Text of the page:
Is an Omnichannel Environment Truly Attainable?
COPC Inc. Recommends that Issue Resolution Should Instead be a Company’s Primary Focus
“Customers expect to receive service on the channel of their choice, whether it’s phone, email, text, chat, web, mobile, or social media, and want to be able to start an interaction in one channel and then seamlessly transition to another,” according to a recent article in CRM magazine by Senior Editor Leonard Klie.
Consumer research conducted by COPC Inc. confirms that customers expect to receive service in their channel of choice. Mr. Klie’s article does a good job in covering all the areas that are required for omnichannel integration. However, we believe that issue resolution should be the top priority rather than integration.
Providing a successful interaction within a customer’s first-chosen channel is more important than the ability to “seamlessly transition to another” channel. The need to transition from one channel to another implies an assumption of failure, where the customer was unable to achieve their desired outcome in their first channel of service. A successful resolution within that first channel should be a company’s primary focus.
Our experience at COPC Inc. has found that it is dangerous to focus on omnichannel capability before addressing the effectiveness of issue resolution within individual channels. This is not to suggest that a company should continue operating in self-contained channels or not aspire to a omnichannel experience. Instead, we recommend more collaboration between departments to ensure each channel offers an experience that is satisfactory to the customer.
A simple example of successfully prioritizing issue resolution and collaboration over omnichannel integration can be seen in the cable industry. One of the most aggravating experiences for a cable customer is the need for a service call, but we all know it happens. Although the issue could not be resolved without the service call, a positive customer experience can be delivered when a cable provider focuses on providing a positive customer experience through resolution during the service call.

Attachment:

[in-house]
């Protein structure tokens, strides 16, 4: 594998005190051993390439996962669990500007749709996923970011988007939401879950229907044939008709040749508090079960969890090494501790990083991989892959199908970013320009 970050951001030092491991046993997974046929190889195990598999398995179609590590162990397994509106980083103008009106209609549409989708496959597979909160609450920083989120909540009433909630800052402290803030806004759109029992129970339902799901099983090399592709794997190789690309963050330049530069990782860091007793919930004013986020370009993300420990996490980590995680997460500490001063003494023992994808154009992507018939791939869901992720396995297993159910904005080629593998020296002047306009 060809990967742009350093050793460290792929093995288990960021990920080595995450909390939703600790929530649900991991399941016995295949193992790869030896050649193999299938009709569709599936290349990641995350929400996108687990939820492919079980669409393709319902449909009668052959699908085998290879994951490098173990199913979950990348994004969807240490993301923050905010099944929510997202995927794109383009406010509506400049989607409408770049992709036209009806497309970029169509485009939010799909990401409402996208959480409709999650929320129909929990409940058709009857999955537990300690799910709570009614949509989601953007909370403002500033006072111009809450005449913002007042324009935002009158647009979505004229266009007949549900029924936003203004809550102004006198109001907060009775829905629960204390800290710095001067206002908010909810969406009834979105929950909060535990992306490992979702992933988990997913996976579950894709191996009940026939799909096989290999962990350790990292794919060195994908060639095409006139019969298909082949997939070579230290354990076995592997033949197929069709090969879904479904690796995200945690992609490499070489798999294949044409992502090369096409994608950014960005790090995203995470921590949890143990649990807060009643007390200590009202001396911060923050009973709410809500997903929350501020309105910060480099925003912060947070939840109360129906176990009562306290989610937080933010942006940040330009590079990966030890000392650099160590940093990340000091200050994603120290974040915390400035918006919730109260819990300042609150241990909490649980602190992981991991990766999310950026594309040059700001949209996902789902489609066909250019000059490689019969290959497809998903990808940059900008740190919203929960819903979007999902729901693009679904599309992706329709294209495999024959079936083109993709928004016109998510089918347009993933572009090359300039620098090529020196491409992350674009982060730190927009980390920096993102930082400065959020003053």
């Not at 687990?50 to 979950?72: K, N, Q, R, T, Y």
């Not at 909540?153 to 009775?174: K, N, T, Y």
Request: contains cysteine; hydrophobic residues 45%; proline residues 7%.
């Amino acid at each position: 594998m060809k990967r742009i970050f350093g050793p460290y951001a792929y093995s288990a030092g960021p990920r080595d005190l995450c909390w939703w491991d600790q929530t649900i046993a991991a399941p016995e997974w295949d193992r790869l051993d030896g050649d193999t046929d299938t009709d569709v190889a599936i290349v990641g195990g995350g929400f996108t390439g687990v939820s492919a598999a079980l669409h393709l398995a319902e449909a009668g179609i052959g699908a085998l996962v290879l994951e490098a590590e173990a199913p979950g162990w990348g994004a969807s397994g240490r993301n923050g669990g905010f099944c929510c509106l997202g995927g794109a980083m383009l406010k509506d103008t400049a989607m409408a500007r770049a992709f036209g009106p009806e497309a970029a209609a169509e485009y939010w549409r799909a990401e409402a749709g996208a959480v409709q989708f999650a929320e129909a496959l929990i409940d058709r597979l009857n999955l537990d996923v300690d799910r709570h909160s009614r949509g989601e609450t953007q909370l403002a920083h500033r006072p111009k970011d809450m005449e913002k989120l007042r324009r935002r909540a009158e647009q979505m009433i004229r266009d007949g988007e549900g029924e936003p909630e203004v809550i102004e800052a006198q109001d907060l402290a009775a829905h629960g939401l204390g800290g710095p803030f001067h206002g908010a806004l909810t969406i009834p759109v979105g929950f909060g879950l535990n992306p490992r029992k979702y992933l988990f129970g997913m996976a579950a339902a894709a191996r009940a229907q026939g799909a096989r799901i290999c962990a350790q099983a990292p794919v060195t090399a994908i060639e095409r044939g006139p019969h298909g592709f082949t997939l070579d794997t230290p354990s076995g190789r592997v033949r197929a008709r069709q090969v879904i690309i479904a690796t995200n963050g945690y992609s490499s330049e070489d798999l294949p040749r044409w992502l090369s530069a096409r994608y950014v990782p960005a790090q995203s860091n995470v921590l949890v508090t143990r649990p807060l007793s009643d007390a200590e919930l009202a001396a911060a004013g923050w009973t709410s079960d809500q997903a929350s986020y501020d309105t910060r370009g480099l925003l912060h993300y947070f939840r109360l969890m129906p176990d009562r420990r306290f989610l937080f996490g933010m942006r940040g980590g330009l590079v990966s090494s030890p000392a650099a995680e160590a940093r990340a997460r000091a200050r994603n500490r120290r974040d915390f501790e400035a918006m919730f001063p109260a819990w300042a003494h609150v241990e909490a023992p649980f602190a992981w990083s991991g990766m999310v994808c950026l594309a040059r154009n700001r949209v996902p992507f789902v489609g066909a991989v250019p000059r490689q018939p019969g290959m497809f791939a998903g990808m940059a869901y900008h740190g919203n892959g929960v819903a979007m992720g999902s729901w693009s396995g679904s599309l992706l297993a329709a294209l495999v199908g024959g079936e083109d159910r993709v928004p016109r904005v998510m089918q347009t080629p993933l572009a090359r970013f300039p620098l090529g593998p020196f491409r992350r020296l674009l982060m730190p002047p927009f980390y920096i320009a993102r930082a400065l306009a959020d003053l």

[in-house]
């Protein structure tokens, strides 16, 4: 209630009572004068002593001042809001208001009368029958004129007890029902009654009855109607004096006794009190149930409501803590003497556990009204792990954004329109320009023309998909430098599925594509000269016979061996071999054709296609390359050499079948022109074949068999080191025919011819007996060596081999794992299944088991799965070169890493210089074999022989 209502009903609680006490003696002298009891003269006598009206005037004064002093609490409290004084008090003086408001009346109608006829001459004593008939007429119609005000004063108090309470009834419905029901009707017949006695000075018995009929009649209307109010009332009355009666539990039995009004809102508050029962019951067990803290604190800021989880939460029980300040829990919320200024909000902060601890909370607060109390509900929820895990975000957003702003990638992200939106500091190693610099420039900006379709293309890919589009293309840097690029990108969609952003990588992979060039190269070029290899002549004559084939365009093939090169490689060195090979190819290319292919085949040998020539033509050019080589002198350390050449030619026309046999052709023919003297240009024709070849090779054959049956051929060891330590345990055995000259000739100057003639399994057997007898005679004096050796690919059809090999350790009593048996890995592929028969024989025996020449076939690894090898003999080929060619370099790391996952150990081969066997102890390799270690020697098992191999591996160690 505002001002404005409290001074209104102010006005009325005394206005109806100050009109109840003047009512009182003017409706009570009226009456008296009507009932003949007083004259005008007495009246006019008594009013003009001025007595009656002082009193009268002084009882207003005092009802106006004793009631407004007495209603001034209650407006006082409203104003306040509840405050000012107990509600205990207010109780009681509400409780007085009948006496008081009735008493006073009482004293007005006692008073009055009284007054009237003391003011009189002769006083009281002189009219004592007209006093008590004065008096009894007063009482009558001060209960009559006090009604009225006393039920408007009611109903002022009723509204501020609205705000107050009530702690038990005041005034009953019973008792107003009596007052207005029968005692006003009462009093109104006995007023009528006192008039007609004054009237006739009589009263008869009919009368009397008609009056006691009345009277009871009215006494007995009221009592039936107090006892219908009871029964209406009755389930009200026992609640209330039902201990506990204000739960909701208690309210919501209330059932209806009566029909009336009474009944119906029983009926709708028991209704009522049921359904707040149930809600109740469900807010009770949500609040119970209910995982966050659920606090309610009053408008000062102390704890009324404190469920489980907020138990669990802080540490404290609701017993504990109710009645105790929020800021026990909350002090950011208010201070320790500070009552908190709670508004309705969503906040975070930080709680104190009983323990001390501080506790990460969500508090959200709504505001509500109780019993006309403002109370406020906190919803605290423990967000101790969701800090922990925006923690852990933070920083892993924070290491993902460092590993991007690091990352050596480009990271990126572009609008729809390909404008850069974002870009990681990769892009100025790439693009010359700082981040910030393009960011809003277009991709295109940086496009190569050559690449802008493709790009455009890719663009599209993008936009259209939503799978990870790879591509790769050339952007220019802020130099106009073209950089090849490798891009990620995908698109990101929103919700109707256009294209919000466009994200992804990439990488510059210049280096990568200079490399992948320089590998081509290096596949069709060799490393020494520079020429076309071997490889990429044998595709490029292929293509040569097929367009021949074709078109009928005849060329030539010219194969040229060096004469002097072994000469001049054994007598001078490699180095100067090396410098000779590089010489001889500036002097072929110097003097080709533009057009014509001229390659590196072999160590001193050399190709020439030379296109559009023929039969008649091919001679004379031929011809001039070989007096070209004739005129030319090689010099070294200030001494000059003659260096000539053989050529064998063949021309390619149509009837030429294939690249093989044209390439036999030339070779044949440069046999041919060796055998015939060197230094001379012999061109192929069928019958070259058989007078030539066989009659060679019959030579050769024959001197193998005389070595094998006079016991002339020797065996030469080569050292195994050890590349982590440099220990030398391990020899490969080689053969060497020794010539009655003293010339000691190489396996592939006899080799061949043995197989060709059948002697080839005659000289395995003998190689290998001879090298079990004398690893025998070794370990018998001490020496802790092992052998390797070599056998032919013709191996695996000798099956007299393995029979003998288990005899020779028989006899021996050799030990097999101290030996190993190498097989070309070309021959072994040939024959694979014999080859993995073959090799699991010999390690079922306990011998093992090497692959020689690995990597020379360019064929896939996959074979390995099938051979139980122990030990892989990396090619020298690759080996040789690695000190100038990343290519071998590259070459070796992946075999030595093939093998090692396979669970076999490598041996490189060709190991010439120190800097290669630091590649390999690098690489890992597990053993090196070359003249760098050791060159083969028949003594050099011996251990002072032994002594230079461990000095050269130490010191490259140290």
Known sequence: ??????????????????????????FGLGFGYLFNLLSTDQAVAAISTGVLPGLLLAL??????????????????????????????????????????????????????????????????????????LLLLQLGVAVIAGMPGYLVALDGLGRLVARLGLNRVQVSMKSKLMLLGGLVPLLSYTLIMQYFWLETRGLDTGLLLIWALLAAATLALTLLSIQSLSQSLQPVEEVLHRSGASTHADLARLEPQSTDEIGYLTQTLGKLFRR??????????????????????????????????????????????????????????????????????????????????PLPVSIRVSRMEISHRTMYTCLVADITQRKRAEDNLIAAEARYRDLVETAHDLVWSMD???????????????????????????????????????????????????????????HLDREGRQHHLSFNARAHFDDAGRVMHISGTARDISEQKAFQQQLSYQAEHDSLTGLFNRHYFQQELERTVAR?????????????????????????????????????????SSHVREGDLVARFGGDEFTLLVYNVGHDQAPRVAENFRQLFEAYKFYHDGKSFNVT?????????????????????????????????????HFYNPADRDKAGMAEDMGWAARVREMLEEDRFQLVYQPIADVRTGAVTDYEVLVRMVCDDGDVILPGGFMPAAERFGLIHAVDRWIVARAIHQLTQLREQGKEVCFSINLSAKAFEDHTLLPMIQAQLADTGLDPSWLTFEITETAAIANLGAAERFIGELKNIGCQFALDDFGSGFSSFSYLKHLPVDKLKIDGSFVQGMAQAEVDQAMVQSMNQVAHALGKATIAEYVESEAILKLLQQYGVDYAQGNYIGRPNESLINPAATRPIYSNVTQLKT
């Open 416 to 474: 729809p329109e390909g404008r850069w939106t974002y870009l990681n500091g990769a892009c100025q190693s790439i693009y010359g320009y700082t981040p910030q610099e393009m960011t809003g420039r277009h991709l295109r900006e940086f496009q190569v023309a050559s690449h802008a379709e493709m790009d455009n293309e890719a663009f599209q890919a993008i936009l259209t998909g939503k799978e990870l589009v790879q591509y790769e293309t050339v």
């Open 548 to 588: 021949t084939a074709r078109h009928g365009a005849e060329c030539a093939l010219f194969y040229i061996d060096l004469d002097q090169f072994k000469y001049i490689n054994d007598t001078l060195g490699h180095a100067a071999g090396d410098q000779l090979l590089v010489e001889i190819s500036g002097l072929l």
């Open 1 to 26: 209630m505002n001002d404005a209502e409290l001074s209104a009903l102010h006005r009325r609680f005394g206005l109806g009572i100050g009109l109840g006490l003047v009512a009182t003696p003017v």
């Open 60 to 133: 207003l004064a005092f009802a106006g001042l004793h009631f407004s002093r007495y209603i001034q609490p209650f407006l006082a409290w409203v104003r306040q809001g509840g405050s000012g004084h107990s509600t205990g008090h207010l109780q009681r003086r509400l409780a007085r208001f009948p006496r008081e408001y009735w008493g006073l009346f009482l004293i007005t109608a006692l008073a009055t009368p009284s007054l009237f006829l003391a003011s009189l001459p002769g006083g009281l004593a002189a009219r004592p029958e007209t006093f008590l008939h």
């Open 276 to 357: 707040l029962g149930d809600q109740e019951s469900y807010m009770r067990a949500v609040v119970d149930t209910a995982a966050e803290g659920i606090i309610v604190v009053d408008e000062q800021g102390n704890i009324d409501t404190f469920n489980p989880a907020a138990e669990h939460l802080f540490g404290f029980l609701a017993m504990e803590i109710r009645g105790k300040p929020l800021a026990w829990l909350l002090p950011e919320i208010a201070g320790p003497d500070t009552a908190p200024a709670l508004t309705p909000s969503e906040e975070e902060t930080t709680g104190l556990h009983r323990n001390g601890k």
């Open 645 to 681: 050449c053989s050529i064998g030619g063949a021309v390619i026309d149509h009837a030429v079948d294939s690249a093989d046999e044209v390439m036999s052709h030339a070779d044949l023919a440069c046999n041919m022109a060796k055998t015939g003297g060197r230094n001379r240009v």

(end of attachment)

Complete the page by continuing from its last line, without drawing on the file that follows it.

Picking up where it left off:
For example, on the day of the service call, they proactively remind customers of the estimated arrival time; they provide an online and/or mobile ability to track their assigned technician; they allow customers and agents to modify appointments in real time as needed; and, most importantly, they ensure technicians have the technology, processes and training that allow them to resolve customer issues without repeat visits.
All of these activities require increased cooperation between the customer service department and the groups that manage and dispatch service technicians, as well as a concerted effort to focus on issue resolution during the service call. In this example, although the customer experience involves different communication channels, they are not necessarily all integrated. However, to the customer that does not matter because their underlying needs are being met—knowing estimated arrival, tracking their service, having the ability to change appointments when needed, and ultimately getting their issue resolved.
While it would be nice for customers to be able to seamlessly transition from one channel to another, if the customer’s needs are met in their channel of choice–phone, social media, chat, online, mobile– there is no need for a transition. For most customers, avoiding the need to contact a company in the first place and having the ability to resolve an issue on first contact will be much more impactful to both their level of satisfaction and the company’s profitability.
You can read Mr. Klie’s full article in the December issue of CRM magazine.